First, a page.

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A Sailor's Lass by Emma Leslie

A SAILOR'S LASS

by

EMMA LESLIE,

Author of "The Gipsy Queen," "Dearer Than Life," "Gytha's Message," Etc.

With Five Illustrations.

Second Edition.

London: S.W. Partridge & Co., 9, Paternoster Row.

[Illustration: "HE PICKED UP THE WHITE BUNDLE, AND HURRIED AFTER PETERS."]

CONTENTS.

CHAPTER I. ONE STORMY NIGHT 7

CHAPTER II. THE FISHERMAN'S HOME 22

CHAPTER III. TINY'S HOPE 41

CHAPTER IV. TINY'S TREASURE 57

CHAPTER V. ON THE SANDS 74

CHAPTER VI. BAD TIMES 92

CHAPTER VII. A TEA MEETING 110

CHAPTER VIII. BRIGHTER DAYS 127

CHAPTER I.

ONE STORMY NIGHT.

"Mother, we're afloat agin." It was a gruff, sleepy voice that spoke, and the old fisherman turned over and snored on, as though the fact of their home being afloat was of no consequence to him. His wife, however, was by no means so easy in her mind, for it was only during the equinoctial gales and an unusually high tide that their home was lifted from its moorings; and now it had been swinging and swaying for hours, and the rusty chains that held it fast to some posts were creaking and straining as though the next gust of wind would certainly carry them out to sea or drive them up the river, where they would inevitably be swamped in a very short time, for their boat-home was leaky at the bottom--had been a water-logged boat before the fisherman took possession of it and turned it into a quaint-looking cottage by running up some wooden walls along the sides, and roofing it in with planks and tarpaulin. Thus converted into a dwelling-house, the boat had been secured, by four chains fixed to posts in the ground, on the top of a mud-bank that formed the boundary of the mouth of the river.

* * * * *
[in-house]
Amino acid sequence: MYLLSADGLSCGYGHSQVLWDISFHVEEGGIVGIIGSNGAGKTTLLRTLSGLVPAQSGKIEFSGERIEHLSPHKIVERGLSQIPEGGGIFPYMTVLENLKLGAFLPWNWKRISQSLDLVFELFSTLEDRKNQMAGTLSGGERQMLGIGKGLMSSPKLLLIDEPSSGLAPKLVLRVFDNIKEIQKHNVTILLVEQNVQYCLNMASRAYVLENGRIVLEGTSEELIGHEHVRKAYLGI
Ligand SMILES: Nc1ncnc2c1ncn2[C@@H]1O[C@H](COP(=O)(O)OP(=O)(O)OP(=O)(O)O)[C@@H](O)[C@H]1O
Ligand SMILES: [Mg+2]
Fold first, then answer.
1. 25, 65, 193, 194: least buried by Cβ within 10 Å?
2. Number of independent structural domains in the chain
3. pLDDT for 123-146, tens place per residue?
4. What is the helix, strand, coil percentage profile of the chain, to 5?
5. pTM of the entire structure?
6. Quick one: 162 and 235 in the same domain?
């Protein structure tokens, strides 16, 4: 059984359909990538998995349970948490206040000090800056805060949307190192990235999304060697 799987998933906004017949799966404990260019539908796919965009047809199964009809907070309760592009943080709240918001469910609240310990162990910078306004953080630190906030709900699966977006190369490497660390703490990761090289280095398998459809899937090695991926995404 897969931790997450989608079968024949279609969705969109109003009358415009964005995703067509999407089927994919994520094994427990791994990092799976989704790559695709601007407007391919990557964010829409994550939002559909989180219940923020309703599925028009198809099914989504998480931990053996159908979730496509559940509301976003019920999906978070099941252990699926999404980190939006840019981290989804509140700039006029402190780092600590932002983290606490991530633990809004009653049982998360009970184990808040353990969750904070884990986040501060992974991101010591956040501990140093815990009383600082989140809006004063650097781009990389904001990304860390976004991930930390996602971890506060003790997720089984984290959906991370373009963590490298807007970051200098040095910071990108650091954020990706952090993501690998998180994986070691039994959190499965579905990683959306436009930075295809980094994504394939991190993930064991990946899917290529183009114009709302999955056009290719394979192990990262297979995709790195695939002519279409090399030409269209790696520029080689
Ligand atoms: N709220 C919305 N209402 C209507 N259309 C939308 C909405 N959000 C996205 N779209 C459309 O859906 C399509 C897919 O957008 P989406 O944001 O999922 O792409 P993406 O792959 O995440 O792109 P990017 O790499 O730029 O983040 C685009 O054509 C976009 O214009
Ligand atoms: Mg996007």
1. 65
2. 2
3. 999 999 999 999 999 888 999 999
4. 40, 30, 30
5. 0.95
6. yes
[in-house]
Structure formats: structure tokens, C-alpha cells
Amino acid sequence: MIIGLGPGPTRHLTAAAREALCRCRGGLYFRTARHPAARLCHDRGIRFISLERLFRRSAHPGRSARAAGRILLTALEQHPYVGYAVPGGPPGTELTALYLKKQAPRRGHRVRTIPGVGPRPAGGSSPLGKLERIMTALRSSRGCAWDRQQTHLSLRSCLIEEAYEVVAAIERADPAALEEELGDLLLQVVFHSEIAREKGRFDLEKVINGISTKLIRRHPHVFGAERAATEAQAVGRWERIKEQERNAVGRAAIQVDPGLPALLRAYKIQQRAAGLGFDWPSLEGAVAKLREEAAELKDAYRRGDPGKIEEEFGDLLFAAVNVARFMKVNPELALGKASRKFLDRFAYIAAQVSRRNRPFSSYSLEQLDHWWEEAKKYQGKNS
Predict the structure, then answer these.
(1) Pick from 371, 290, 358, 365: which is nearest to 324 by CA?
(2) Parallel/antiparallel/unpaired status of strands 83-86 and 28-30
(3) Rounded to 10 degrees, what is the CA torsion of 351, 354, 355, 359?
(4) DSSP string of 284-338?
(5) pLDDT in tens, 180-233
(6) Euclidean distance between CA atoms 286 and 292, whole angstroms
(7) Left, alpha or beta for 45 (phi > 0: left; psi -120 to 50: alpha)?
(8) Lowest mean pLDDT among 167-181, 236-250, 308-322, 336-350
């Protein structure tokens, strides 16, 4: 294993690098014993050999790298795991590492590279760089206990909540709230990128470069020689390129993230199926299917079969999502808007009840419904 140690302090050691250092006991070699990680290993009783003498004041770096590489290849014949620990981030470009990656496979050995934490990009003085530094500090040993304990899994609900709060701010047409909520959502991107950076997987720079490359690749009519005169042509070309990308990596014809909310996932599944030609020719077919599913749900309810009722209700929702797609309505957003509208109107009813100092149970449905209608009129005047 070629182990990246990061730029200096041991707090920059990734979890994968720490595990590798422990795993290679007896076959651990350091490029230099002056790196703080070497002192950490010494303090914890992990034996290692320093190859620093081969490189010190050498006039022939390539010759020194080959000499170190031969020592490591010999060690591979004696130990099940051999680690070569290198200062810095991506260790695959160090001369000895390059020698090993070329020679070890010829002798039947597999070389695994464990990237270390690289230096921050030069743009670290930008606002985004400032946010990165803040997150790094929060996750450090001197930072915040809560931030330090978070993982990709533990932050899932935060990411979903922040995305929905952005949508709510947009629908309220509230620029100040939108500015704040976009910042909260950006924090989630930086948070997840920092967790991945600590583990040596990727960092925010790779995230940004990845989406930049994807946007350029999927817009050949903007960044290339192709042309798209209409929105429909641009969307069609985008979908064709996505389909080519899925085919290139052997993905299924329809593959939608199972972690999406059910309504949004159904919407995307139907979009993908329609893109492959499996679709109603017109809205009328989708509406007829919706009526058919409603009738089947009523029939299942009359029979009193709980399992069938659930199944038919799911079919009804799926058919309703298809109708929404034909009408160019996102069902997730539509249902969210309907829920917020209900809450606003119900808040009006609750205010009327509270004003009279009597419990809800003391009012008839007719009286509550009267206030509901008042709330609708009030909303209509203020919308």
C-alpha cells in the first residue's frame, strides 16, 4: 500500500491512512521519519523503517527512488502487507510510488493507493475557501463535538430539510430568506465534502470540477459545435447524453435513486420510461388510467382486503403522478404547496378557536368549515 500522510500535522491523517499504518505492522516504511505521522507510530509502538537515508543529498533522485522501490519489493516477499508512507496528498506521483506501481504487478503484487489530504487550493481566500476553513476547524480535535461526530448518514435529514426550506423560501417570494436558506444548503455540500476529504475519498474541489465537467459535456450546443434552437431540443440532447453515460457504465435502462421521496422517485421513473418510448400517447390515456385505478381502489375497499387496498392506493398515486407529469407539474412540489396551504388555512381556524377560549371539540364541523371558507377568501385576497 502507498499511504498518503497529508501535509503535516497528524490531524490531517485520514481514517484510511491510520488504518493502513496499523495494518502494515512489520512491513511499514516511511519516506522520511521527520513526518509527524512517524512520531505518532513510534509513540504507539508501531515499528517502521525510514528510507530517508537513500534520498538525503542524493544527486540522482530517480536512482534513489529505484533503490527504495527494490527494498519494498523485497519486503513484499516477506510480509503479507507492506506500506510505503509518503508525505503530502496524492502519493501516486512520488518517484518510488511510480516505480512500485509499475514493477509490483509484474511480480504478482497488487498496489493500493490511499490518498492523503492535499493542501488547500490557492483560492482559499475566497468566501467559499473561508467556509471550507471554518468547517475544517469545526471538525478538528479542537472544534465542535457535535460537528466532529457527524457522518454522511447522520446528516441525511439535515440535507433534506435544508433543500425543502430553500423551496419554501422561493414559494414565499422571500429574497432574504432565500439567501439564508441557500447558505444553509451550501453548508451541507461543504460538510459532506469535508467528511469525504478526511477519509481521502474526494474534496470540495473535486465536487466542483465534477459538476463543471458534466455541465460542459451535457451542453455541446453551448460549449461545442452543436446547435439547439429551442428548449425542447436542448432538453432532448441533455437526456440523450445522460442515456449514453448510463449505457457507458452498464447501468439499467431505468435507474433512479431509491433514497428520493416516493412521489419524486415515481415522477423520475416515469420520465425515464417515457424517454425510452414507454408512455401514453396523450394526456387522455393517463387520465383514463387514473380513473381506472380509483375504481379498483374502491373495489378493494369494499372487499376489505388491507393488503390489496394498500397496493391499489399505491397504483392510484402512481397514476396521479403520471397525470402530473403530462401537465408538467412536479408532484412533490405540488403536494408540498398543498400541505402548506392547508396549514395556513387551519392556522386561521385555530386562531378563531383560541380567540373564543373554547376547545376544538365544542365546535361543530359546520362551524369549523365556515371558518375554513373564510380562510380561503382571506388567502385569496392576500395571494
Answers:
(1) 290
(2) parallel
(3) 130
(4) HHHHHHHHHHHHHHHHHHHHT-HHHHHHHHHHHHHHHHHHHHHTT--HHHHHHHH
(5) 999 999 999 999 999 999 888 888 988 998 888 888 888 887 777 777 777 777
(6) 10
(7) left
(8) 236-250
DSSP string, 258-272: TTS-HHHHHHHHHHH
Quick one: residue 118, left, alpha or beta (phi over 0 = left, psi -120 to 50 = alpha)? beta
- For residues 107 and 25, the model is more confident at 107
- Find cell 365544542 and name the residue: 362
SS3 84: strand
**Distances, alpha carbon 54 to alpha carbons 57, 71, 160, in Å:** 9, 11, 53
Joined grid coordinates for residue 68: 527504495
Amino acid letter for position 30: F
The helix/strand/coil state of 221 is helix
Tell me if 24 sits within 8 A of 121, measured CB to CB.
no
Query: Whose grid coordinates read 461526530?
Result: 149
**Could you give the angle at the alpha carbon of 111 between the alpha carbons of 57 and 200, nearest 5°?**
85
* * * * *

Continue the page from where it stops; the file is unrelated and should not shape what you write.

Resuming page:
The ocean itself was less than a quarter of a mile from where the old boat was moored, and so the poor woman might well be excused for growing more alarmed as the minutes went on and the gale increased, until the boat fairly rocked, and the children in the adjoining cabin began crying and screaming in their fright.

"Coomber! Coomber!" she said at last, shaking her husband, and starting up in bed; for a sound more dreadful than the children's screams had made itself heard above the din of the wind and waves.

"There's a ship, Coomber, close in shore; I can hear the guns!" screamed his wife, giving him another vigorous shake.

"Ship! guns!" exclaimed the old fisherman, starting up in bed. The next minute he was on his feet, and working himself into his clothes. "She must be on the sand-bar if you heard the guns," he said.


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